Paul  Weyrich

Last week on my radio show Representative Mike Pence (R-IN) discussed the Fairness Doctrine, an important issue currently being debated in Congress. During the show Representative Pence mentioned that he and other Members of Congress were nervously awaiting my election predictions.

With little more than a year remaining before the next presidential election, I have some ideas about who will win and who will lose. My record to date has been remarkably accurate.

Years ago I believed that there was a silent majority in electoral politics. Thus, right before the 1964 election I disregarded all of the polls and instead let my heart speak. I truly believed that the silent majority would win and Barry Goldwater would be elected. Election night of 1964 quickly disabused me of this belief. I had the displeasure of reporting that all of my friends in Congress who were up for re-election had been defeated.

I vowed I would never have such an experience again. I had been too emotionally involved to make accurate predictions so close to Election Day. Instead I began making predictions a year prior to the election. This has worked well ever since.

In 1967 I predicted that former Vice President Richard M. Nixon would be the Republican nominee for President and then-Vice President Hubert H. Humphrey would be the Democratic nominee. There was talk of Governor George Wallace of Alabama running as a third-party nominee, which he did. Once Nixon and Humphrey received their respective parties' nominations, my prediction was that Nixon would win the presidency in a landslide. Nixon did win, but I had to stay up until 5:00 AM EST to hear the official announcement. Humphrey nearly beat him. The election was so close in part because of Wallace. He carried five states and took many votes from Nixon.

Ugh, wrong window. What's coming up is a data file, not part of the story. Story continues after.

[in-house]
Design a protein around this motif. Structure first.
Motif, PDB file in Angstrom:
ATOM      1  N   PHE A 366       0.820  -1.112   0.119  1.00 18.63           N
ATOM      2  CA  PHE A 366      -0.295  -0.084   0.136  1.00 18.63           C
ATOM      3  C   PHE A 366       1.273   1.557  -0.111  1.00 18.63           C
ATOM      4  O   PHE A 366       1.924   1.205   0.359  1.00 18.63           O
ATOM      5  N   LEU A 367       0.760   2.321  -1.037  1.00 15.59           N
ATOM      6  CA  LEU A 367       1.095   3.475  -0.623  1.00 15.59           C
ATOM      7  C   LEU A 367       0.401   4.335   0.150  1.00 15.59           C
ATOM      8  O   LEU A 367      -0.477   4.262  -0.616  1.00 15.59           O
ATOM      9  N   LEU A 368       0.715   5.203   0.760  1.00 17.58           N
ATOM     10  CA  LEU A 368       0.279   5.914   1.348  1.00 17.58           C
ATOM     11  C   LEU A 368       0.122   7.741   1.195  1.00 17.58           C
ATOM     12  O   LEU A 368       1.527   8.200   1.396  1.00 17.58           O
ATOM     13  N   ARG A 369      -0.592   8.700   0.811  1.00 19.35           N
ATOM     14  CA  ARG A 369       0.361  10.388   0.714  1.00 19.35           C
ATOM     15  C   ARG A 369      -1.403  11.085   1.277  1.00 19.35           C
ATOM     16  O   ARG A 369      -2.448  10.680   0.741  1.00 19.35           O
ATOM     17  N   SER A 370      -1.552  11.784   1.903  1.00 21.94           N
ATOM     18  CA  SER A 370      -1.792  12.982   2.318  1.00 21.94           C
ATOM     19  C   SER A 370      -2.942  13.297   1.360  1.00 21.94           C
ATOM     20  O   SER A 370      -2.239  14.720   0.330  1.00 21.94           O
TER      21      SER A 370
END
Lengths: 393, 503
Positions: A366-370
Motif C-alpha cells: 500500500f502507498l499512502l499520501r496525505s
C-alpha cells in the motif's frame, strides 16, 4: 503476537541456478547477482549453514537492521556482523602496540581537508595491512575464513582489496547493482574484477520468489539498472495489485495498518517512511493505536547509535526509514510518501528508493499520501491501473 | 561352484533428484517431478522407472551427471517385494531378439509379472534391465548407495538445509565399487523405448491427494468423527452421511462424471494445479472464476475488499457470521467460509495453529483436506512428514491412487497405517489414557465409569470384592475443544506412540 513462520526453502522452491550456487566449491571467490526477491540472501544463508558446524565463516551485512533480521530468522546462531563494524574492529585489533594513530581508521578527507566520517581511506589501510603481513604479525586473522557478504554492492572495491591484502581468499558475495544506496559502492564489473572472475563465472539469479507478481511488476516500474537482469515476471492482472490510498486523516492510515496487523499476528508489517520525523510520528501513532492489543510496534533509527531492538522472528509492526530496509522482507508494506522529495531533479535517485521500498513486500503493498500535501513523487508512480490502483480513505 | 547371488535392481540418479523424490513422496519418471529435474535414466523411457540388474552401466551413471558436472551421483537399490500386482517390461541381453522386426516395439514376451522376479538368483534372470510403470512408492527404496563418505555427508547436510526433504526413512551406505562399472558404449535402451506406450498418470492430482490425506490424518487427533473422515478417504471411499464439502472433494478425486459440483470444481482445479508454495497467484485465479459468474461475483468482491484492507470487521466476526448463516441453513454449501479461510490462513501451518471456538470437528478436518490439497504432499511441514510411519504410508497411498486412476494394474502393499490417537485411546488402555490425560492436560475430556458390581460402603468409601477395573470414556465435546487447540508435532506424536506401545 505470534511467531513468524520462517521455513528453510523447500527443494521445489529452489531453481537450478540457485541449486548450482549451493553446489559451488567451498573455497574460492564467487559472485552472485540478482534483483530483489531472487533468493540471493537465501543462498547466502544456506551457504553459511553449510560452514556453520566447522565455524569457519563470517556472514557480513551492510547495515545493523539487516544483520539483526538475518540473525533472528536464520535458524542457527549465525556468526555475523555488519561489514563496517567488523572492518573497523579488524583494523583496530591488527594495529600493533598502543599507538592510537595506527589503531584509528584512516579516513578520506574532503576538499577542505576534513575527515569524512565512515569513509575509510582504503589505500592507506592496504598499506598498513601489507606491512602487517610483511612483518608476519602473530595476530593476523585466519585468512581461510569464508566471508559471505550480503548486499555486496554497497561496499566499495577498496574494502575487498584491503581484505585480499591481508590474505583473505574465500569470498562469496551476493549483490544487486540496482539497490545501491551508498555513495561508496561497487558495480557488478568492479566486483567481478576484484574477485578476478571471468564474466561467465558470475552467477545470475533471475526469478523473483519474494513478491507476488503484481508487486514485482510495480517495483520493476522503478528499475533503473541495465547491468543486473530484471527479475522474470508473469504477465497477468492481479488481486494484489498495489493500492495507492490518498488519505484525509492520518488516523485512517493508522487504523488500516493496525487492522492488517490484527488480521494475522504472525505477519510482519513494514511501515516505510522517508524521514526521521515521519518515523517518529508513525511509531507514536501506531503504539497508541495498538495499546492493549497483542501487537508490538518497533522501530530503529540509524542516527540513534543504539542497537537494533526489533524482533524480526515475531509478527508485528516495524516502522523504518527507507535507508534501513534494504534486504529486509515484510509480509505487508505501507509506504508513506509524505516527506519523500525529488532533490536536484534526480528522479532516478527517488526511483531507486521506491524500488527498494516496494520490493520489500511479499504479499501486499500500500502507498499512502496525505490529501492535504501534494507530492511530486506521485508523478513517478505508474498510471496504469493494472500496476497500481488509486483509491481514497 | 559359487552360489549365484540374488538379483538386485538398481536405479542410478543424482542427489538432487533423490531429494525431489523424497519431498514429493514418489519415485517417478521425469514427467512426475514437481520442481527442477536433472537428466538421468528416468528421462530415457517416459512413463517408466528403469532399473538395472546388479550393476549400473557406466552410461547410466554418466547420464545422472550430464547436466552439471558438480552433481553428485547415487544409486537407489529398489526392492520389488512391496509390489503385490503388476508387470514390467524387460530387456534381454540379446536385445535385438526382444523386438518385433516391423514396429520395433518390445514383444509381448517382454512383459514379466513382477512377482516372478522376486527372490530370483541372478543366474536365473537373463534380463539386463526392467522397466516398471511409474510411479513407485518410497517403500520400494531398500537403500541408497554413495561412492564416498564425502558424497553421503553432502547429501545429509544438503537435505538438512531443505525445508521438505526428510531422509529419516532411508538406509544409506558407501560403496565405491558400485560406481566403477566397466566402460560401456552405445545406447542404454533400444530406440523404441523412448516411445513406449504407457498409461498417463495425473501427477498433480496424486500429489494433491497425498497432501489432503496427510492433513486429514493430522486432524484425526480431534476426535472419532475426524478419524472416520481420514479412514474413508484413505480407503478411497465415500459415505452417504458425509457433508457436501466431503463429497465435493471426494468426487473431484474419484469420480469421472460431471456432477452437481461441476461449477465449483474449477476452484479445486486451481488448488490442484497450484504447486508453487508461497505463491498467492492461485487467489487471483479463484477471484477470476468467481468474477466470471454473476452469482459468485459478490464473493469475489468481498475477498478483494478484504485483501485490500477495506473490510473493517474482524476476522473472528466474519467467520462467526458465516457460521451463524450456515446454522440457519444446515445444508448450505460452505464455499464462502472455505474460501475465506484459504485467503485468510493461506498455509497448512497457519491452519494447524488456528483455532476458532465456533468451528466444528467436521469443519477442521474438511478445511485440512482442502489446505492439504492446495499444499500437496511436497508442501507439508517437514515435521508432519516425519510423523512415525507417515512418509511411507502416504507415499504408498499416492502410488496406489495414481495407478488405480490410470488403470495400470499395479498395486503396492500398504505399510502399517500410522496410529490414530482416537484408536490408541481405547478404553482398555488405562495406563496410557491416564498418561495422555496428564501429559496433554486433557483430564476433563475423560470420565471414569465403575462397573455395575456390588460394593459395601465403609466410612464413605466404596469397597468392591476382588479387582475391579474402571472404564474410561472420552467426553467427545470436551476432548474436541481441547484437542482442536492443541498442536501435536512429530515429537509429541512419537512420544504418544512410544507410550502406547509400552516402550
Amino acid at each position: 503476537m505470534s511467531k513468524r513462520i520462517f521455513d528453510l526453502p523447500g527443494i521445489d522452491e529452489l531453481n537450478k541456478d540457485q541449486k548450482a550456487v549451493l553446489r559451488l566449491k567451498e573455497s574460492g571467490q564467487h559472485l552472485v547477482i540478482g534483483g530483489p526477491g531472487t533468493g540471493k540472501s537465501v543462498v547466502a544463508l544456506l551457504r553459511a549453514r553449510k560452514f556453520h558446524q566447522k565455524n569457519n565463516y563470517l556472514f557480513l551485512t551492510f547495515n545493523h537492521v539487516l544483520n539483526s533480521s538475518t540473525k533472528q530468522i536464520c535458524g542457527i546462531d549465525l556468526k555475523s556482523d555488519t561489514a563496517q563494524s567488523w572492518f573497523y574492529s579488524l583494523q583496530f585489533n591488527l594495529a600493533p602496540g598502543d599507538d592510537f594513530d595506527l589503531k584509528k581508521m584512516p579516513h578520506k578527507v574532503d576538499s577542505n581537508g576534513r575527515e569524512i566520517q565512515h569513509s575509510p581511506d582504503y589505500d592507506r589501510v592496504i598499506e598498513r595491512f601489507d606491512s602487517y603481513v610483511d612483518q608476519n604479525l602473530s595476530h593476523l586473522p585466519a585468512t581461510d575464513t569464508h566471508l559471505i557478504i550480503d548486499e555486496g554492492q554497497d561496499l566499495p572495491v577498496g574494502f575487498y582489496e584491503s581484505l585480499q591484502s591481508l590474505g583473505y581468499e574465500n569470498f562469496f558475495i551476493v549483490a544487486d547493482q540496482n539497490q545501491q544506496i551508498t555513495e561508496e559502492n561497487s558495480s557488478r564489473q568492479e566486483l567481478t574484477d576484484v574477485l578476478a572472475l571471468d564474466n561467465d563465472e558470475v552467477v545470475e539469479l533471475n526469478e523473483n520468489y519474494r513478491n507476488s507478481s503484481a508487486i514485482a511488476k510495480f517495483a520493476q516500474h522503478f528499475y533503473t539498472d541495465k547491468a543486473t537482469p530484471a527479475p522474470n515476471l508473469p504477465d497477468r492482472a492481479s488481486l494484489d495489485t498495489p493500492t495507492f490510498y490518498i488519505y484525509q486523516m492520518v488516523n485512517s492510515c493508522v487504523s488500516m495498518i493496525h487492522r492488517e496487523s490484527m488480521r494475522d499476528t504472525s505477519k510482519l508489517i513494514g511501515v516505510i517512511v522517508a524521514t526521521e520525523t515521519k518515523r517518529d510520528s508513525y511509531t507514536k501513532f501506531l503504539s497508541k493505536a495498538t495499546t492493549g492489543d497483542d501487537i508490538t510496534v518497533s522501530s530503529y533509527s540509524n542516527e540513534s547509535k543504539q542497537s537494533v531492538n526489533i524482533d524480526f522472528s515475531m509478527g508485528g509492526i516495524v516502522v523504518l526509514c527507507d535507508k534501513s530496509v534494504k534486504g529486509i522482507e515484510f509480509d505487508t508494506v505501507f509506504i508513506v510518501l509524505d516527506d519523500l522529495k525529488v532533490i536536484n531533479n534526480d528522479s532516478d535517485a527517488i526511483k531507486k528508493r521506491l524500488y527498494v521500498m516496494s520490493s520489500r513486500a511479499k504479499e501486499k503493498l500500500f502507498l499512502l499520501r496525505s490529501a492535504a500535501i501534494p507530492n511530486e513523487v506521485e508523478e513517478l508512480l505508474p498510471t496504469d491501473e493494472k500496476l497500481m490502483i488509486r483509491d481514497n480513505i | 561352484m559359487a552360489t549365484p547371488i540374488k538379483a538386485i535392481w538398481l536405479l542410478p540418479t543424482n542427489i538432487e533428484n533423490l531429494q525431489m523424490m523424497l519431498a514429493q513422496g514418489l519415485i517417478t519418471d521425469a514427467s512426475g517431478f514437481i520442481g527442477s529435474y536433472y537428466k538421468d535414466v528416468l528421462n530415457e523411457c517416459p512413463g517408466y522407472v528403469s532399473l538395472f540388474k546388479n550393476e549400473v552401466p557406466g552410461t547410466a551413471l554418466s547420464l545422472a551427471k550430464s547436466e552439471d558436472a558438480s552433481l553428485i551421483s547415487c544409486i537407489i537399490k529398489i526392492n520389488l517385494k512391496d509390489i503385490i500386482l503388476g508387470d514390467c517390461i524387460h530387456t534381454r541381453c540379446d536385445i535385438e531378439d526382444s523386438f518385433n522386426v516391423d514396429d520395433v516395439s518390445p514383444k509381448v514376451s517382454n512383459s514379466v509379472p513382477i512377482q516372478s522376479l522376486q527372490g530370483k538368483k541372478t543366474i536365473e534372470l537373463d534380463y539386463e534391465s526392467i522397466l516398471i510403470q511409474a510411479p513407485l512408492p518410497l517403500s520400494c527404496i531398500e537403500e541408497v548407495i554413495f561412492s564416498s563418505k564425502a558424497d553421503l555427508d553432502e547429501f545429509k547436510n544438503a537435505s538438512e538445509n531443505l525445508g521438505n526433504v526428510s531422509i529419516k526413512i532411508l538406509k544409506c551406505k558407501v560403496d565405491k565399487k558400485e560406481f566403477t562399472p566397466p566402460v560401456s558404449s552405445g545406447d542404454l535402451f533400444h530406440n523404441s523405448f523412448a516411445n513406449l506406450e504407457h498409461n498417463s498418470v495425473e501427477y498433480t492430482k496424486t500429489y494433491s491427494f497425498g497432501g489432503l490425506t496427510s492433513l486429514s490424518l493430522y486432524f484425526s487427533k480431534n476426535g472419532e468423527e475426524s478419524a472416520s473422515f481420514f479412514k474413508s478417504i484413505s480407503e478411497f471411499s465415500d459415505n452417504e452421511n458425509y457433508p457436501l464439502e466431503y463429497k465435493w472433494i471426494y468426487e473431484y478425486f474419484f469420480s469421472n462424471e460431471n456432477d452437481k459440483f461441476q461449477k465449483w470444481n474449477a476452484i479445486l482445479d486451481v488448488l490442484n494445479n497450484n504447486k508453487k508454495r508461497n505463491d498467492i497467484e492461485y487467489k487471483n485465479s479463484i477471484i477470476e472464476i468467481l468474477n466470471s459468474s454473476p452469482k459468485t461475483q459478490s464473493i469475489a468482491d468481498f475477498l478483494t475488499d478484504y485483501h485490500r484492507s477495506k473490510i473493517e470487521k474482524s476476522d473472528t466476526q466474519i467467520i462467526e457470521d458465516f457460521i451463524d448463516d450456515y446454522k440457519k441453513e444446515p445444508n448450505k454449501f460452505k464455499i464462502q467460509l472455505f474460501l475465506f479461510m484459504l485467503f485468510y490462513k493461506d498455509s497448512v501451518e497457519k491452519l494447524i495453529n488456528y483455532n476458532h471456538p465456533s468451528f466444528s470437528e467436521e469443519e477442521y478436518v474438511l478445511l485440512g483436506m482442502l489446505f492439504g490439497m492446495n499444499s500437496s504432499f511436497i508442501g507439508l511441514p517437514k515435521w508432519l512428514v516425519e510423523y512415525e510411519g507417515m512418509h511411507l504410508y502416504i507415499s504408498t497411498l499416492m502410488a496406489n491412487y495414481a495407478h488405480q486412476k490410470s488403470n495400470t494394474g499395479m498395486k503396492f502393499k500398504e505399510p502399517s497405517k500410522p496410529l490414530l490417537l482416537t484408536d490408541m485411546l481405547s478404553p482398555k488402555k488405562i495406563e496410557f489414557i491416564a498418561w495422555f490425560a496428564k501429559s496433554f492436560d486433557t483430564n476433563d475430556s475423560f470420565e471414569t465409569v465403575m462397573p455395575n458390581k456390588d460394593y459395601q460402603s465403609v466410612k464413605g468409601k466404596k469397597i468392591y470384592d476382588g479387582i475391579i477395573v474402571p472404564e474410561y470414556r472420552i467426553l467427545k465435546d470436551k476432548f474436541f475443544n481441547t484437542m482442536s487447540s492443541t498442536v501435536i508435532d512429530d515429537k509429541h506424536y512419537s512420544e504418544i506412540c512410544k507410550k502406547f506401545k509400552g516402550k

In 1971 I had no idea that George S. McGovern would be the Democratic nominee for President. I was sure of one thing: President Nixon would win re-election. I was correct.

Four years later Gerald R. Ford was President. He had pardoned Nixon in 1974, a pardon that proved controversial. At that point, I had not heard of Georgia Governor Jimmy Carter. However, it was clear that a Democrat would win control of the White House. That proved to be true.

By 1979 Carter was unpopular. Many pollsters said a one-term president would not be defeated. I believed otherwise, but I thought former Texas Governor John B. Connally, Jr. would be the Republican nominee. This was not the case, but I predicted the Republicans would win in 1980 and they did.


Paul Weyrich

Paul M. Weyrich is the late Chairman and CEO of the Free Congress Research and Education Foundation.
 
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